Following the part one article regarding life assurance, Richard Taylor and Rupert Connor, Chartered Financial Advisors, Acuma Wealth Management, bring you part two of the series, and give the case for life assurance in business and protecting your main assets.

Life assurance continues to be massively under-bought and under-sold, often with disastrous consequences. If you are in business, failure to protect your company, partnership and key staff could have devastating implications in the event that one of you dies prematurely, or becomes ill and unable to work. Detailed below are some different scenarios that you should consider:

Shareholding directors of a private limited company

The death or permanent disablement of a shareholding director could have a serious impact, both on the future of your business and on your family. So what are the main points you need to consider?

Majority shareholders

Majority shareholders may have important voting rights that directly affect the running of the company. In the event of a majority shareholder’s death, these rights would normally pass to the deceased’s dependants. This could affect the company in two ways:

  1. The defendants now have the right to a say in the running of the company. But, do they have the necessary experience? And will they share the objectives that the surviving shareholders have for the business?
  2. They might prefer to receive the value of the shares in cash. But who will buy them? Unless the other shareholders have sufficient liquid capital reserves, they may be sold to a possible hostile third party, perhaps even a direct competitor.

Minority shareholders

Generally, it is the voting rights attached to a shareholding in a private limited company that gives them their market value. Minority shareholdings may not have significant rights, and so the shareholder’s dependants may inherit shares that are virtually worthless. The only likely buyers of such a holding would be the surviving shareholders, but they may be under no obligation to buy.

The simple answer to both of these scenarios is shareholder protection. A legal agreement is signed by all of the shareholders, who agree to sell their shares in the event of their premature death, and an insurance contract(s) provide money for the surviving shareholders to purchase the deceased shareholders equity.

Don’t forget key staff

Ruppert Connor

As your business is ultimately your people, its continued success may also depend on the special contributions made by a small number of key men and women. Your fellow directors or partners should also be regarded as key people. The death or disability of any of them could threaten your company’s profitability. Indeed, the very survival of the company could be at stake.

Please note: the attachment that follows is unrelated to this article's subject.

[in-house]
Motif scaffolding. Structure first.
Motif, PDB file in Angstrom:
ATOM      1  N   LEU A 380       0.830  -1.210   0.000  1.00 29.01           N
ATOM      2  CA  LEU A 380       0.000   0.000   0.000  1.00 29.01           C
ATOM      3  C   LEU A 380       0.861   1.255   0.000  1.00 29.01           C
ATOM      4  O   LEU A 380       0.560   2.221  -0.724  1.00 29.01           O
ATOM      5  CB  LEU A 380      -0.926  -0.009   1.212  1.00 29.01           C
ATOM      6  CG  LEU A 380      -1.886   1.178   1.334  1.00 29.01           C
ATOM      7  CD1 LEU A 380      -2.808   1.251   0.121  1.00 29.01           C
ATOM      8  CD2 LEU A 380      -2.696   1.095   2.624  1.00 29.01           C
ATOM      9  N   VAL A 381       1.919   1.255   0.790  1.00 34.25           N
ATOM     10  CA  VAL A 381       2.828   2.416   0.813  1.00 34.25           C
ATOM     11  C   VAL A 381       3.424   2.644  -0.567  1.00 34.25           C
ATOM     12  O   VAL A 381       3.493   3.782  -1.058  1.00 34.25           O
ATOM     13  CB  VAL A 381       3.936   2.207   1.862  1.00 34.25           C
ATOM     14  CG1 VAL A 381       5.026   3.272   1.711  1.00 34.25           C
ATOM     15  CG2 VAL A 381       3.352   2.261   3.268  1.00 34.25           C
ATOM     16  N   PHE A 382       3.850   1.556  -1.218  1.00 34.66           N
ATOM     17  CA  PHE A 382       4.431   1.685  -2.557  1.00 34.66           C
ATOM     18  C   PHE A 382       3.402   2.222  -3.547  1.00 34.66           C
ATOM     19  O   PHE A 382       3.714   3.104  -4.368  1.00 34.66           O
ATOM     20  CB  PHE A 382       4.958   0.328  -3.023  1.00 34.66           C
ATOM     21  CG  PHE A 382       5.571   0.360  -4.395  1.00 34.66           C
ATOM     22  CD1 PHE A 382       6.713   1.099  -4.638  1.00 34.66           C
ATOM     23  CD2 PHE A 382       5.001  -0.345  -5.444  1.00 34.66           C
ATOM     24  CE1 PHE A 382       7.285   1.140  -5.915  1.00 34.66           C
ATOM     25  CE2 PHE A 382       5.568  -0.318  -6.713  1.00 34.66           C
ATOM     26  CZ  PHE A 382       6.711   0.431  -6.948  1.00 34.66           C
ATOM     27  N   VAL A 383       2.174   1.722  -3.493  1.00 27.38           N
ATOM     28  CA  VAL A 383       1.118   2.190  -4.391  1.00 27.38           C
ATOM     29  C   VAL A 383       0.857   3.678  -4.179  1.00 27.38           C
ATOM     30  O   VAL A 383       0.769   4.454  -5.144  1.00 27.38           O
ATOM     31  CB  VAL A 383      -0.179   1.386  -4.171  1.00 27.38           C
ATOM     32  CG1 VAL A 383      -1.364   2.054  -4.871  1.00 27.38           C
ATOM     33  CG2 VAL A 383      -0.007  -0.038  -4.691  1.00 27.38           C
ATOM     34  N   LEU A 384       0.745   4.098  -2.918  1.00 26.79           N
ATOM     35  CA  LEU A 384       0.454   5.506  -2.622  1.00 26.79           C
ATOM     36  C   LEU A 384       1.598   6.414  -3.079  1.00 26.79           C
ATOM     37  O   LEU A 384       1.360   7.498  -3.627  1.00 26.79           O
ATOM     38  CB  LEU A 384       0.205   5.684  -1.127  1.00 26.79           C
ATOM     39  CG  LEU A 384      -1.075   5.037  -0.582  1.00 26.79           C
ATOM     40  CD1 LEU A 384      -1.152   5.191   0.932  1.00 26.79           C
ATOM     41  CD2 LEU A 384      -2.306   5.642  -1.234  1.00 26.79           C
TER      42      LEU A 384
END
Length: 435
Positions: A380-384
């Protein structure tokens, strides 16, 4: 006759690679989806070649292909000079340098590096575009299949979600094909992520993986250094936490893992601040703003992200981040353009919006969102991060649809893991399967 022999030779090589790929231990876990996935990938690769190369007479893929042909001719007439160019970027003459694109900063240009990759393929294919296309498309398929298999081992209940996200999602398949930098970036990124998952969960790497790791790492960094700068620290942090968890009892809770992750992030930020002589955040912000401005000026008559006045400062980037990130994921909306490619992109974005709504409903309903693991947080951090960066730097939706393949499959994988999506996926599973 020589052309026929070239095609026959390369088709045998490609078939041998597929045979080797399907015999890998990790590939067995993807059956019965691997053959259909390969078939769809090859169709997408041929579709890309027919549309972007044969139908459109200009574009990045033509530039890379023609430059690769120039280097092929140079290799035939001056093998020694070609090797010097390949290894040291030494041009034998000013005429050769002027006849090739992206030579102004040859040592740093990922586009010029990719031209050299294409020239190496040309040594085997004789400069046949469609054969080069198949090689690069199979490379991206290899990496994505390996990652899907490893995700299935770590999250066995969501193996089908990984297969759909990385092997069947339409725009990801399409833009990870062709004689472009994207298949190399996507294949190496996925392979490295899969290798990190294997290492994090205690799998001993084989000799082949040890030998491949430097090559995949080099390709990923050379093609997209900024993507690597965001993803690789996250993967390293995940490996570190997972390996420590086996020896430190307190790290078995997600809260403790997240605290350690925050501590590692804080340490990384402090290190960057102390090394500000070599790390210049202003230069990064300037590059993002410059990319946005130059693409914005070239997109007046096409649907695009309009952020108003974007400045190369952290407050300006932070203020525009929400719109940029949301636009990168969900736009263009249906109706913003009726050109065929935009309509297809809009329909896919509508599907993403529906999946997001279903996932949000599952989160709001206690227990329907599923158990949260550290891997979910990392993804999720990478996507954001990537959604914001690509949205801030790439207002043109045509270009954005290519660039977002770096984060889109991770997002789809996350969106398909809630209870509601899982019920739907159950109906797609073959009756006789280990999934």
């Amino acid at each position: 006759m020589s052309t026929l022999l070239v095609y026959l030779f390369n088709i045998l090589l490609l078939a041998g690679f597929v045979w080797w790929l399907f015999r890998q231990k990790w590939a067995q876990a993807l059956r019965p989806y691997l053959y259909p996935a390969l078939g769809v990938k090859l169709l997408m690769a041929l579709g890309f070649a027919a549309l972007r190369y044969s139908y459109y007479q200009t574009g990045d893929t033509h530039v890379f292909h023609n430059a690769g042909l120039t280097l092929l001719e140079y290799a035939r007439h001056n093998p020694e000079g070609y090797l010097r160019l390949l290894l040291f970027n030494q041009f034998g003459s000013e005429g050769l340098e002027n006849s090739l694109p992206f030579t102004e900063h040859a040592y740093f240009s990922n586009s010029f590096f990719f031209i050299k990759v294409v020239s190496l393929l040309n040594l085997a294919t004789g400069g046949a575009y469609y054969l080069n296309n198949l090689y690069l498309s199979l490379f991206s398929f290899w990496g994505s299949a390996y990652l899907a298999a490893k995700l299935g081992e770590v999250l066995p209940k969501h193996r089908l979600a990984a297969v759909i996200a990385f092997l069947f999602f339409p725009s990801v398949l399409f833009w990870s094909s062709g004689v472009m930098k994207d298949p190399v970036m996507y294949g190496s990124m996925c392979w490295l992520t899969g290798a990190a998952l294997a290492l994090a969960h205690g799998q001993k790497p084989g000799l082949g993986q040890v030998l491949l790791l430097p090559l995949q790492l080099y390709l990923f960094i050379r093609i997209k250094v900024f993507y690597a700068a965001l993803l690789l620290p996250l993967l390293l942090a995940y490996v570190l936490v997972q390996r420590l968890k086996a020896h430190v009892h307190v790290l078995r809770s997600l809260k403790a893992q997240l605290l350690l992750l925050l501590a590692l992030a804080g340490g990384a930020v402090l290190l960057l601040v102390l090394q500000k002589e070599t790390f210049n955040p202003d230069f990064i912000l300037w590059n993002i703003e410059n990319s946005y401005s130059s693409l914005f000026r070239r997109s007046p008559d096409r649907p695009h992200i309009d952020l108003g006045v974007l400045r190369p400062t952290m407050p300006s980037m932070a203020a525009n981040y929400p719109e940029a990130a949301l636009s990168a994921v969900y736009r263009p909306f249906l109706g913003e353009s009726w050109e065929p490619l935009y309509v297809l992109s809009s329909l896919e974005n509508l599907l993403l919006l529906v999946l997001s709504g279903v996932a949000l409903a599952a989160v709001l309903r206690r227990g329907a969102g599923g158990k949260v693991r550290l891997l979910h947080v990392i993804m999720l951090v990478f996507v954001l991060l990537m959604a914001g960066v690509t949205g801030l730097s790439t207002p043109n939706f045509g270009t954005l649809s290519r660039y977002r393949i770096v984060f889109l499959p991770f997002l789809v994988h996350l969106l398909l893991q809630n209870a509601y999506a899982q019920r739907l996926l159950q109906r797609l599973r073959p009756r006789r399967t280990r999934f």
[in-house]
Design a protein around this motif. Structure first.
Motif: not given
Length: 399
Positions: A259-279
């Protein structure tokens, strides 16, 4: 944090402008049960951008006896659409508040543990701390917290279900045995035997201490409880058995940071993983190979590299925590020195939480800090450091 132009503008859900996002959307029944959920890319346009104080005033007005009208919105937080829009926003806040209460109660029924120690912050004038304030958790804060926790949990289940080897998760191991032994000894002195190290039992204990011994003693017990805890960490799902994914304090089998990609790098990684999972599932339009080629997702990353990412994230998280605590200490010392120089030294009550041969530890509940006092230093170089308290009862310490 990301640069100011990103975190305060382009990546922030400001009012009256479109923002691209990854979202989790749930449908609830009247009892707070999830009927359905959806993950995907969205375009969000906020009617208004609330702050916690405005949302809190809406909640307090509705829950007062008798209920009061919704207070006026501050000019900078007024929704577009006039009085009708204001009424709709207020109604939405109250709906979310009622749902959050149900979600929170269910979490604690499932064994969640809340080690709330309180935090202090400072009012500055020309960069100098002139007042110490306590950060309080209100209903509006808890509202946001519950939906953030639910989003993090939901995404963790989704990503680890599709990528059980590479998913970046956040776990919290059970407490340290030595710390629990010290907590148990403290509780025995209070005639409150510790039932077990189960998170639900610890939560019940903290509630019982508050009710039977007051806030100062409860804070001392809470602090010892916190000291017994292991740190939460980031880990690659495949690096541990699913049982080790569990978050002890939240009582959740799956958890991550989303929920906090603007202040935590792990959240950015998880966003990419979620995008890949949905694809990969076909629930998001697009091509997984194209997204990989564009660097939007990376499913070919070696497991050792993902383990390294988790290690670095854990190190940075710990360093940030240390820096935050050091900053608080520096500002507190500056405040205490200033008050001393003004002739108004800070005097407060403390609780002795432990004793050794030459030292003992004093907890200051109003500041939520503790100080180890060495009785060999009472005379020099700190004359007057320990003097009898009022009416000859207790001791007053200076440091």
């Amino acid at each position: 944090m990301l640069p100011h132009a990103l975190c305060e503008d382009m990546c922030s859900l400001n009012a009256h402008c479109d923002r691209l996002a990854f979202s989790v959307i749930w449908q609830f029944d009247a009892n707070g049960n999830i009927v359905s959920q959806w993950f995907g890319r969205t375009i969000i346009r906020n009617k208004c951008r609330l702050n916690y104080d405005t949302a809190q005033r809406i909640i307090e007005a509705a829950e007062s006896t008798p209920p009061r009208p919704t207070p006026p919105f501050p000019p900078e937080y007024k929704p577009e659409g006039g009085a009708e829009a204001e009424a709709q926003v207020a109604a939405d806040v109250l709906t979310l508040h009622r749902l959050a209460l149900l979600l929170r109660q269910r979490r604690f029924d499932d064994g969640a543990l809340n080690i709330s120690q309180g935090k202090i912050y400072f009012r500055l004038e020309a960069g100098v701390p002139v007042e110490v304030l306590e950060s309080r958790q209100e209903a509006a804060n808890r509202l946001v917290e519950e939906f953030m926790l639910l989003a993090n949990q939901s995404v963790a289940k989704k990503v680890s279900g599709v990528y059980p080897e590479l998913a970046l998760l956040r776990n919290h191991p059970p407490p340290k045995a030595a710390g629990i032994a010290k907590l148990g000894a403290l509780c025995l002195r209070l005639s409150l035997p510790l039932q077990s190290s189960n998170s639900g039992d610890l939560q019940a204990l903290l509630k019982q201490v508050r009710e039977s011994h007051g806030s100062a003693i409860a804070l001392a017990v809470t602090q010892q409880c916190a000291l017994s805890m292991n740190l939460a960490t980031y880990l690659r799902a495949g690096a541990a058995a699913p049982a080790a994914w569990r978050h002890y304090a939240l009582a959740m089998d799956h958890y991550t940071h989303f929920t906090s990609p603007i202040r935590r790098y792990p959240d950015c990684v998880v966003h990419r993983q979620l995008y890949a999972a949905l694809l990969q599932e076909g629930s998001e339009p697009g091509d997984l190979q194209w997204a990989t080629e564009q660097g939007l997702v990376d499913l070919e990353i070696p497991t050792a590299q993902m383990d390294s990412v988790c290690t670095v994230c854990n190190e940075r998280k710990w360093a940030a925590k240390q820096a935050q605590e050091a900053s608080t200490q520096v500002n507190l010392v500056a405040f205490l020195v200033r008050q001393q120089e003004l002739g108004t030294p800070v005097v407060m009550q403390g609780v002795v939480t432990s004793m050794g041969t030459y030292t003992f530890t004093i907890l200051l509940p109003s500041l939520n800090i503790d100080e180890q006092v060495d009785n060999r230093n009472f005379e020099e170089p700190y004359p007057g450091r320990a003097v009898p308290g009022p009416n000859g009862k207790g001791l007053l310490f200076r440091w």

Key people insurance

The premature death of a key employee is likely to cause an immediate requirement for cash, so life assurance should be a top priority. However, it is not just the death of a key employee that can create serious financial burdens for your company.

Today, many serious illnesses, such as a heart attack, stroke and cancer, no longer result in death, but require lengthy periods of convalescence. A key person insurance contract can be written on the lives of key staff that would provide money for this eventuality.

Richard Taylor

In case you remain unconvinced, perhaps a real life example in the form of the tragic death of training tycoon Phillip Carter in a helicopter crash on 1st May 2007, and the devastating impact Carter’s death had on his business may help change your mind.

Carter, his teenage son, best friend and the pilot were all killed when his helicopter crashed a few hundred yards from his home. Following the disaster, shares in Carter & Carter, a national provider of apprenticeship games, plunged and the company issued three profit warnings before its shares were suspended. It then began talks with its banks over GBP 130 million of debts. By March 2008, it was heading for administration with the loss of 2,000 jobs.

Fidelity International, the firm’s biggest investor, reportedly lost its GBP 63 million stake, while the Corus pension fund took a GBP 15 million hit from the collapse.

This example shows what an important man Phillip Carter was to the company, and how the collapse of his business may have been avoided had sufficient key man insurance been in place. At the very least, it would have provided the businesses interim leaders some breathing space, whilst deciding how best to proceed.

Conclusion

Once again, not an especially pleasant topic to consider, but of vital importance to anyone serious about their business. These things do happen, as highlighted in devastating detail by the Phillip Carter example. If it can happen in a listed company that counted Fidelity as a major shareholder, then it can almost certainly happen in your business.

The smaller your business, the more vital your key employees are likely to be to the profitability and longevity of your company.

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